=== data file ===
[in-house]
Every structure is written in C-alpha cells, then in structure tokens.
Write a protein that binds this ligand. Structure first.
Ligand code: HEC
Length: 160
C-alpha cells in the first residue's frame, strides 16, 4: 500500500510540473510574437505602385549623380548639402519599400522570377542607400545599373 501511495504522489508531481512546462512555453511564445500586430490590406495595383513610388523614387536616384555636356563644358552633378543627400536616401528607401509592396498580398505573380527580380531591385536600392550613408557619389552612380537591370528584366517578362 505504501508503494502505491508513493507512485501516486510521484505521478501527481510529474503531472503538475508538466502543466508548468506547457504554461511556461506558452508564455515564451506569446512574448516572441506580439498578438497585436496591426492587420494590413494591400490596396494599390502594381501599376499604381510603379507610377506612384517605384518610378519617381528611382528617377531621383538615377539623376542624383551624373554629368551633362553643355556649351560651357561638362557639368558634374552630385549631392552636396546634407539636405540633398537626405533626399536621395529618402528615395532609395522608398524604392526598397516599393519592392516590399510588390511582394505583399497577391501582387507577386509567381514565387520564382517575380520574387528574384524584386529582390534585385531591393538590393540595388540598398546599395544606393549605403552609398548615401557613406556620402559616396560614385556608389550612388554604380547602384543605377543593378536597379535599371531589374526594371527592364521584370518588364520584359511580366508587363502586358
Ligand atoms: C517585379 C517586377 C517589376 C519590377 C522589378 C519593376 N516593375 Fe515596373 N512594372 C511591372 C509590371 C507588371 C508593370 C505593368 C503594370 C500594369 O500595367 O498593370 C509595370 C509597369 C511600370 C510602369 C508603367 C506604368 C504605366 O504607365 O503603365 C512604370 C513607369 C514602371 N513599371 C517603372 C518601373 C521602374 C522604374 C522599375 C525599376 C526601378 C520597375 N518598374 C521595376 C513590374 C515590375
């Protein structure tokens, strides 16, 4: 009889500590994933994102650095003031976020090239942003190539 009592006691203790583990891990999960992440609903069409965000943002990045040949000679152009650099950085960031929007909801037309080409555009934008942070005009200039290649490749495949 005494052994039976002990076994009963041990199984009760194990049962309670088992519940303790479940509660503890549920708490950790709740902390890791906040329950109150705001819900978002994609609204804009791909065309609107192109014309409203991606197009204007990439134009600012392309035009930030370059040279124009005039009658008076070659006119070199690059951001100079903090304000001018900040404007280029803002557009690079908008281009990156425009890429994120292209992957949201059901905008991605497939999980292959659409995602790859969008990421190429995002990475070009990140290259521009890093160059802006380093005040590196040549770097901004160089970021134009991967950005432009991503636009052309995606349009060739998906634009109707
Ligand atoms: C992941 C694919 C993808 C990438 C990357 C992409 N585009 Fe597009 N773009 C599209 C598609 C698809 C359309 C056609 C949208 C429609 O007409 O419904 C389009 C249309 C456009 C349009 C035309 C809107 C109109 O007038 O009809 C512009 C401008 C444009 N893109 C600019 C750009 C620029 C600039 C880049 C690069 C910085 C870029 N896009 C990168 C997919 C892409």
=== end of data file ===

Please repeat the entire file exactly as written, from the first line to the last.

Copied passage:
[in-house]
Every structure is written in C-alpha cells, then in structure tokens.
Write a protein that binds this ligand. Structure first.
Ligand code: HEC
Length: 160
C-alpha cells in the first residue's frame, strides 16, 4: 500500500510540473510574437505602385549623380548639402519599400522570377542607400545599373 501511495504522489508531481512546462512555453511564445500586430490590406495595383513610388523614387536616384555636356563644358552633378543627400536616401528607401509592396498580398505573380527580380531591385536600392550613408557619389552612380537591370528584366517578362 505504501508503494502505491508513493507512485501516486510521484505521478501527481510529474503531472503538475508538466502543466508548468506547457504554461511556461506558452508564455515564451506569446512574448516572441506580439498578438497585436496591426492587420494590413494591400490596396494599390502594381501599376499604381510603379507610377506612384517605384518610378519617381528611382528617377531621383538615377539623376542624383551624373554629368551633362553643355556649351560651357561638362557639368558634374552630385549631392552636396546634407539636405540633398537626405533626399536621395529618402528615395532609395522608398524604392526598397516599393519592392516590399510588390511582394505583399497577391501582387507577386509567381514565387520564382517575380520574387528574384524584386529582390534585385531591393538590393540595388540598398546599395544606393549605403552609398548615401557613406556620402559616396560614385556608389550612388554604380547602384543605377543593378536597379535599371531589374526594371527592364521584370518588364520584359511580366508587363502586358
Ligand atoms: C517585379 C517586377 C517589376 C519590377 C522589378 C519593376 N516593375 Fe515596373 N512594372 C511591372 C509590371 C507588371 C508593370 C505593368 C503594370 C500594369 O500595367 O498593370 C509595370 C509597369 C511600370 C510602369 C508603367 C506604368 C504605366 O504607365 O503603365 C512604370 C513607369 C514602371 N513599371 C517603372 C518601373 C521602374 C522604374 C522599375 C525599376 C526601378 C520597375 N518598374 C521595376 C513590374 C515590375
């Protein structure tokens, strides 16, 4: 009889500590994933994102650095003031976020090239942003190539 009592006691203790583990891990999960992440609903069409965000943002990045040949000679152009650099950085960031929007909801037309080409555009934008942070005009200039290649490749495949 005494052994039976002990076994009963041990199984009760194990049962309670088992519940303790479940509660503890549920708490950790709740902390890791906040329950109150705001819900978002994609609204804009791909065309609107192109014309409203991606197009204007990439134009600012392309035009930030370059040279124009005039009658008076070659006119070199690059951001100079903090304000001018900040404007280029803002557009690079908008281009990156425009890429994120292209992957949201059901905008991605497939999980292959659409995602790859969008990421190429995002990475070009990140290259521009890093160059802006380093005040590196040549770097901004160089970021134009991967950005432009991503636009052309995606349009060739998906634009109707
Ligand atoms: C992941 C694919 C993808 C990438 C990357 C992409 N585009 Fe597009 N773009 C599209 C598609 C698809 C359309 C056609 C949208 C429609 O007409 O419904 C389009 C249309 C456009 C349009 C035309 C809107 C109109 O007038 O009809 C512009 C401008 C444009 N893109 C600019 C750009 C620029 C600039 C880049 C690069 C910085 C870029 N896009 C990168 C997919 C892409």